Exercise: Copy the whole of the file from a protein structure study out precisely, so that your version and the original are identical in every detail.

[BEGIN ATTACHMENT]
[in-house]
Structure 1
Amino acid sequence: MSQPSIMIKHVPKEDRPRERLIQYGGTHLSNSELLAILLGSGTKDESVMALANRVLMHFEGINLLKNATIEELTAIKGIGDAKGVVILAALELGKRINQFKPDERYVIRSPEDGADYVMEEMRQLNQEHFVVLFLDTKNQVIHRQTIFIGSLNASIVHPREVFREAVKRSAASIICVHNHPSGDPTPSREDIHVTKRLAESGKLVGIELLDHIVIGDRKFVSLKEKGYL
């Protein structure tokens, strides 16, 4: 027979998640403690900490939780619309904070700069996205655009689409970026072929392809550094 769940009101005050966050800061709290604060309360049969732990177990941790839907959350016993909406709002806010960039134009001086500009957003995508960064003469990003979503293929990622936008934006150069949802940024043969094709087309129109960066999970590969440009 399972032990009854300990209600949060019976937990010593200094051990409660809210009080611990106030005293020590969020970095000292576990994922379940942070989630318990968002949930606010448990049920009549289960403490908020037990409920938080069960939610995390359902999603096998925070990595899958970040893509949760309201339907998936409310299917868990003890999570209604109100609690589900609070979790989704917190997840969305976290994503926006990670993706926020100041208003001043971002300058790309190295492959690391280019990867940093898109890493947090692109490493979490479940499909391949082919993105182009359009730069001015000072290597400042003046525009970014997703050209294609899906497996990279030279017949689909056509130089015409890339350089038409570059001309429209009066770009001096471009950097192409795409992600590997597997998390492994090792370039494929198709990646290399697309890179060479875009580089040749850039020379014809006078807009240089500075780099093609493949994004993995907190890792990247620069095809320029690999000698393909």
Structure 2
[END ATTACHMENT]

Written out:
[in-house]
Structure 1
Amino acid sequence: MSQPSIMIKHVPKEDRPRERLIQYGGTHLSNSELLAILLGSGTKDESVMALANRVLMHFEGINLLKNATIEELTAIKGIGDAKGVVILAALELGKRINQFKPDERYVIRSPEDGADYVMEEMRQLNQEHFVVLFLDTKNQVIHRQTIFIGSLNASIVHPREVFREAVKRSAASIICVHNHPSGDPTPSREDIHVTKRLAESGKLVGIELLDHIVIGDRKFVSLKEKGYL
């Protein structure tokens, strides 16, 4: 027979998640403690900490939780619309904070700069996205655009689409970026072929392809550094 769940009101005050966050800061709290604060309360049969732990177990941790839907959350016993909406709002806010960039134009001086500009957003995508960064003469990003979503293929990622936008934006150069949802940024043969094709087309129109960066999970590969440009 399972032990009854300990209600949060019976937990010593200094051990409660809210009080611990106030005293020590969020970095000292576990994922379940942070989630318990968002949930606010448990049920009549289960403490908020037990409920938080069960939610995390359902999603096998925070990595899958970040893509949760309201339907998936409310299917868990003890999570209604109100609690589900609070979790989704917190997840969305976290994503926006990670993706926020100041208003001043971002300058790309190295492959690391280019990867940093898109890493947090692109490493979490479940499909391949082919993105182009359009730069001015000072290597400042003046525009970014997703050209294609899906497996990279030279017949689909056509130089015409890339350089038409570059001309429209009066770009001096471009950097192409795409992600590997597997998390492994090792370039494929198709990646290399697309890179060479875009580089040749850039020379014809006078807009240089500075780099093609493949994004993995907190890792990247620069095809320029690999000698393909």
Structure 2